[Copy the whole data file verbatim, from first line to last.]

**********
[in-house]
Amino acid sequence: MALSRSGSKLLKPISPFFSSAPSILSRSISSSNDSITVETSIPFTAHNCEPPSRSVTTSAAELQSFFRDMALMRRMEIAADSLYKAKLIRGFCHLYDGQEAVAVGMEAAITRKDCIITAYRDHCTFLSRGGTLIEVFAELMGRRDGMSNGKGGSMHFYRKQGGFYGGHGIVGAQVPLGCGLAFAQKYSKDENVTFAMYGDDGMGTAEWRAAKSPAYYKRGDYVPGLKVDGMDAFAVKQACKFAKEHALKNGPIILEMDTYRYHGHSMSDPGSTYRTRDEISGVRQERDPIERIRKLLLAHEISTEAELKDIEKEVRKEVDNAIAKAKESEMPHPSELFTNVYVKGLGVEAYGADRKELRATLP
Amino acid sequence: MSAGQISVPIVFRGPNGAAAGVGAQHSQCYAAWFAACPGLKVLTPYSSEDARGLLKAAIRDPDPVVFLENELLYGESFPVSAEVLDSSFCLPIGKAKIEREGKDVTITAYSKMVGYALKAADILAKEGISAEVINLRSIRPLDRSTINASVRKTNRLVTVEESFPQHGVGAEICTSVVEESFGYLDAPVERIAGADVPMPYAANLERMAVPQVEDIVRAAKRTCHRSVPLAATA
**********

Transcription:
[in-house]
Amino acid sequence: MALSRSGSKLLKPISPFFSSAPSILSRSISSSNDSITVETSIPFTAHNCEPPSRSVTTSAAELQSFFRDMALMRRMEIAADSLYKAKLIRGFCHLYDGQEAVAVGMEAAITRKDCIITAYRDHCTFLSRGGTLIEVFAELMGRRDGMSNGKGGSMHFYRKQGGFYGGHGIVGAQVPLGCGLAFAQKYSKDENVTFAMYGDDGMGTAEWRAAKSPAYYKRGDYVPGLKVDGMDAFAVKQACKFAKEHALKNGPIILEMDTYRYHGHSMSDPGSTYRTRDEISGVRQERDPIERIRKLLLAHEISTEAELKDIEKEVRKEVDNAIAKAKESEMPHPSELFTNVYVKGLGVEAYGADRKELRATLP
Amino acid sequence: MSAGQISVPIVFRGPNGAAAGVGAQHSQCYAAWFAACPGLKVLTPYSSEDARGLLKAAIRDPDPVVFLENELLYGESFPVSAEVLDSSFCLPIGKAKIEREGKDVTITAYSKMVGYALKAADILAKEGISAEVINLRSIRPLDRSTINASVRKTNRLVTVEESFPQHGVGAEICTSVVEESFGYLDAPVERIAGADVPMPYAANLERMAVPQVEDIVRAAKRTCHRSVPLAATA